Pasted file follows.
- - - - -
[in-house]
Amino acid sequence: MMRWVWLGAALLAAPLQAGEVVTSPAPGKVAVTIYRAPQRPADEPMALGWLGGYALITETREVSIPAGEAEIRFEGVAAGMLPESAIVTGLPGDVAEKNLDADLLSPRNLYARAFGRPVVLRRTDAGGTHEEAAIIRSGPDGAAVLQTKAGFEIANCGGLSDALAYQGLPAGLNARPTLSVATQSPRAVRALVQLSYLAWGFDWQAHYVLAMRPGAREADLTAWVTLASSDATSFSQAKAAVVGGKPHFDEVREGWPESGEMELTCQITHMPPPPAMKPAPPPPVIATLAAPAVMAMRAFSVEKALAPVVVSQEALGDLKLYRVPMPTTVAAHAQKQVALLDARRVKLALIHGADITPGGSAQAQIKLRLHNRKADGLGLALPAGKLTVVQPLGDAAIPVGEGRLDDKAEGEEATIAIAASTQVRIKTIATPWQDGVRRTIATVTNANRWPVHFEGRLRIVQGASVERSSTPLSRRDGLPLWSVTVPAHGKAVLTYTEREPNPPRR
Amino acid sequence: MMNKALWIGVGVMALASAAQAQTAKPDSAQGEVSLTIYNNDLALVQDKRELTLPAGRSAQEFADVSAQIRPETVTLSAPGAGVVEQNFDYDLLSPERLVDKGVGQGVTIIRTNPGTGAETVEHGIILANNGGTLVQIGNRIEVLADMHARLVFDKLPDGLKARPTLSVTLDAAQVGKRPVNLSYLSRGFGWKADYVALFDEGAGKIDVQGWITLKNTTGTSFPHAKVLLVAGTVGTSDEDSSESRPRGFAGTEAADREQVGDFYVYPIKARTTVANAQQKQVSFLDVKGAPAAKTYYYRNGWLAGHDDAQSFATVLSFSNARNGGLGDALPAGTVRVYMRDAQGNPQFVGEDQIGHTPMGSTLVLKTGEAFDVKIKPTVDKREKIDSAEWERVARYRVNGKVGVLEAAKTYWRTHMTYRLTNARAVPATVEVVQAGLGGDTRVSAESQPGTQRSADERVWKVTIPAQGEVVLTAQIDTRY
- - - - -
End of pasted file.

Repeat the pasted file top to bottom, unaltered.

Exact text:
[in-house]
Amino acid sequence: MMRWVWLGAALLAAPLQAGEVVTSPAPGKVAVTIYRAPQRPADEPMALGWLGGYALITETREVSIPAGEAEIRFEGVAAGMLPESAIVTGLPGDVAEKNLDADLLSPRNLYARAFGRPVVLRRTDAGGTHEEAAIIRSGPDGAAVLQTKAGFEIANCGGLSDALAYQGLPAGLNARPTLSVATQSPRAVRALVQLSYLAWGFDWQAHYVLAMRPGAREADLTAWVTLASSDATSFSQAKAAVVGGKPHFDEVREGWPESGEMELTCQITHMPPPPAMKPAPPPPVIATLAAPAVMAMRAFSVEKALAPVVVSQEALGDLKLYRVPMPTTVAAHAQKQVALLDARRVKLALIHGADITPGGSAQAQIKLRLHNRKADGLGLALPAGKLTVVQPLGDAAIPVGEGRLDDKAEGEEATIAIAASTQVRIKTIATPWQDGVRRTIATVTNANRWPVHFEGRLRIVQGASVERSSTPLSRRDGLPLWSVTVPAHGKAVLTYTEREPNPPRR
Amino acid sequence: MMNKALWIGVGVMALASAAQAQTAKPDSAQGEVSLTIYNNDLALVQDKRELTLPAGRSAQEFADVSAQIRPETVTLSAPGAGVVEQNFDYDLLSPERLVDKGVGQGVTIIRTNPGTGAETVEHGIILANNGGTLVQIGNRIEVLADMHARLVFDKLPDGLKARPTLSVTLDAAQVGKRPVNLSYLSRGFGWKADYVALFDEGAGKIDVQGWITLKNTTGTSFPHAKVLLVAGTVGTSDEDSSESRPRGFAGTEAADREQVGDFYVYPIKARTTVANAQQKQVSFLDVKGAPAAKTYYYRNGWLAGHDDAQSFATVLSFSNARNGGLGDALPAGTVRVYMRDAQGNPQFVGEDQIGHTPMGSTLVLKTGEAFDVKIKPTVDKREKIDSAEWERVARYRVNGKVGVLEAAKTYWRTHMTYRLTNARAVPATVEVVQAGLGGDTRVSAESQPGTQRSADERVWKVTIPAQGEVVLTAQIDTRY